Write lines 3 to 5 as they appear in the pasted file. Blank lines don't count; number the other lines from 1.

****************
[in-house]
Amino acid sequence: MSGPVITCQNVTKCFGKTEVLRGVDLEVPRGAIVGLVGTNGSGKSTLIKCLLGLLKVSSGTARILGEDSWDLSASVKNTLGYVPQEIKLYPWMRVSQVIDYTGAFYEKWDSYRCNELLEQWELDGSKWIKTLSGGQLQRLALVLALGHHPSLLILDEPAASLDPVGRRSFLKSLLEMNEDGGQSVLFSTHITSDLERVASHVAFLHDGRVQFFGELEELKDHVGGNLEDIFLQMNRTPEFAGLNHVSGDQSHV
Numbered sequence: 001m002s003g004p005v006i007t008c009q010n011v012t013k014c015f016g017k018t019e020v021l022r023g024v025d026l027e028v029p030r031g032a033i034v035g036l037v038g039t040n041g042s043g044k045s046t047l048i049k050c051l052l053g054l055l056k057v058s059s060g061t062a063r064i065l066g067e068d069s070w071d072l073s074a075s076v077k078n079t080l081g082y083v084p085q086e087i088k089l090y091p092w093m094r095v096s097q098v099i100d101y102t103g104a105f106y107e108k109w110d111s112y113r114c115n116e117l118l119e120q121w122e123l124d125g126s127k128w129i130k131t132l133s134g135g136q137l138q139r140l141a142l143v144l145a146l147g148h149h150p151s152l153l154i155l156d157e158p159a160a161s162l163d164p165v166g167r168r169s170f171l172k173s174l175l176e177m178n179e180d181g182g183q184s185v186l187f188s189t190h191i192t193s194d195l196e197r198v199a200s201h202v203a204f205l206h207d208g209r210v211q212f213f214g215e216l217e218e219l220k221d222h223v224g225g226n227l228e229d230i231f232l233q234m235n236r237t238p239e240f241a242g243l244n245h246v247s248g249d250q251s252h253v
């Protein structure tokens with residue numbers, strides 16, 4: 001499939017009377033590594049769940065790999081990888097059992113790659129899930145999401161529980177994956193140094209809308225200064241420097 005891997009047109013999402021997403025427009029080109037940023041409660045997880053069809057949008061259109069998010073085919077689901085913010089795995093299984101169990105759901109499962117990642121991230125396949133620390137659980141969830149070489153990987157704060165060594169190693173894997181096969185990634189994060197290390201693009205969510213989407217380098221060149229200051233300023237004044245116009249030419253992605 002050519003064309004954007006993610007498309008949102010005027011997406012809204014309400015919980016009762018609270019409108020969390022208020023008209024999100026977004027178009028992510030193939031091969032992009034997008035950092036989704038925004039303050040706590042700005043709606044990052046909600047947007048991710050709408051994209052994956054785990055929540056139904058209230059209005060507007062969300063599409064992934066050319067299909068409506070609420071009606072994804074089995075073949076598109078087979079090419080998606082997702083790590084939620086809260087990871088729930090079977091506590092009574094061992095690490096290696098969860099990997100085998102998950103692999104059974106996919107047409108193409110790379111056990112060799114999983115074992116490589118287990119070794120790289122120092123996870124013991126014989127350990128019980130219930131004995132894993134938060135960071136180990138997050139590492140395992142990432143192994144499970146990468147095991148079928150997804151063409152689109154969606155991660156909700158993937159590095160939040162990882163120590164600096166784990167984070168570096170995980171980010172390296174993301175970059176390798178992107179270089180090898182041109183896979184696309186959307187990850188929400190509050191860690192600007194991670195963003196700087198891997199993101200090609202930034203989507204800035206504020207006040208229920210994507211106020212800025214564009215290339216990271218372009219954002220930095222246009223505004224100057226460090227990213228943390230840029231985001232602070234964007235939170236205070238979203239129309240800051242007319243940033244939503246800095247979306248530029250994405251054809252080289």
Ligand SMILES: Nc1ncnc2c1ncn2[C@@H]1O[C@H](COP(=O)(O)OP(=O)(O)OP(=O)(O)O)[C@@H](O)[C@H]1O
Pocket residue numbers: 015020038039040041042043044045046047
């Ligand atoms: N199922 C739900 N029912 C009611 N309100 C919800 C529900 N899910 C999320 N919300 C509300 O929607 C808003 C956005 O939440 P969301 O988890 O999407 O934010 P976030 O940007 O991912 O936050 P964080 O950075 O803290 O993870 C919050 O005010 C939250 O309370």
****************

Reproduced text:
Numbered sequence: 001m002s003g004p005v006i007t008c009q010n011v012t013k014c015f016g017k018t019e020v021l022r023g024v025d026l027e028v029p030r031g032a033i034v035g036l037v038g039t040n041g042s043g044k045s046t047l048i049k050c051l052l053g054l055l056k057v058s059s060g061t062a063r064i065l066g067e068d069s070w071d072l073s074a075s076v077k078n079t080l081g082y083v084p085q086e087i088k089l090y091p092w093m094r095v096s097q098v099i100d101y102t103g104a105f106y107e108k109w110d111s112y113r114c115n116e117l118l119e120q121w122e123l124d125g126s127k128w129i130k131t132l133s134g135g136q137l138q139r140l141a142l143v144l145a146l147g148h149h150p151s152l153l154i155l156d157e158p159a160a161s162l163d164p165v166g167r168r169s170f171l172k173s174l175l176e177m178n179e180d181g182g183q184s185v186l187f188s189t190h191i192t193s194d195l196e197r198v199a200s201h202v203a204f205l206h207d208g209r210v211q212f213f214g215e216l217e218e219l220k221d222h223v224g225g226n227l228e229d230i231f232l233q234m235n236r237t238p239e240f241a242g243l244n245h246v247s248g249d250q251s252h253v
């Protein structure tokens with residue numbers, strides 16, 4: 001499939017009377033590594049769940065790999081990888097059992113790659129899930145999401161529980177994956193140094209809308225200064241420097 005891997009047109013999402021997403025427009029080109037940023041409660045997880053069809057949008061259109069998010073085919077689901085913010089795995093299984101169990105759901109499962117990642121991230125396949133620390137659980141969830149070489153990987157704060165060594169190693173894997181096969185990634189994060197290390201693009205969510213989407217380098221060149229200051233300023237004044245116009249030419253992605 002050519003064309004954007006993610007498309008949102010005027011997406012809204014309400015919980016009762018609270019409108020969390022208020023008209024999100026977004027178009028992510030193939031091969032992009034997008035950092036989704038925004039303050040706590042700005043709606044990052046909600047947007048991710050709408051994209052994956054785990055929540056139904058209230059209005060507007062969300063599409064992934066050319067299909068409506070609420071009606072994804074089995075073949076598109078087979079090419080998606082997702083790590084939620086809260087990871088729930090079977091506590092009574094061992095690490096290696098969860099990997100085998102998950103692999104059974106996919107047409108193409110790379111056990112060799114999983115074992116490589118287990119070794120790289122120092123996870124013991126014989127350990128019980130219930131004995132894993134938060135960071136180990138997050139590492140395992142990432143192994144499970146990468147095991148079928150997804151063409152689109154969606155991660156909700158993937159590095160939040162990882163120590164600096166784990167984070168570096170995980171980010172390296174993301175970059176390798178992107179270089180090898182041109183896979184696309186959307187990850188929400190509050191860690192600007194991670195963003196700087198891997199993101200090609202930034203989507204800035206504020207006040208229920210994507211106020212800025214564009215290339216990271218372009219954002220930095222246009223505004224100057226460090227990213228943390230840029231985001232602070234964007235939170236205070238979203239129309240800051242007319243940033244939503246800095247979306248530029250994405251054809252080289």
Ligand SMILES: Nc1ncnc2c1ncn2[C@@H]1O[C@H](COP(=O)(O)OP(=O)(O)OP(=O)(O)O)[C@@H](O)[C@H]1O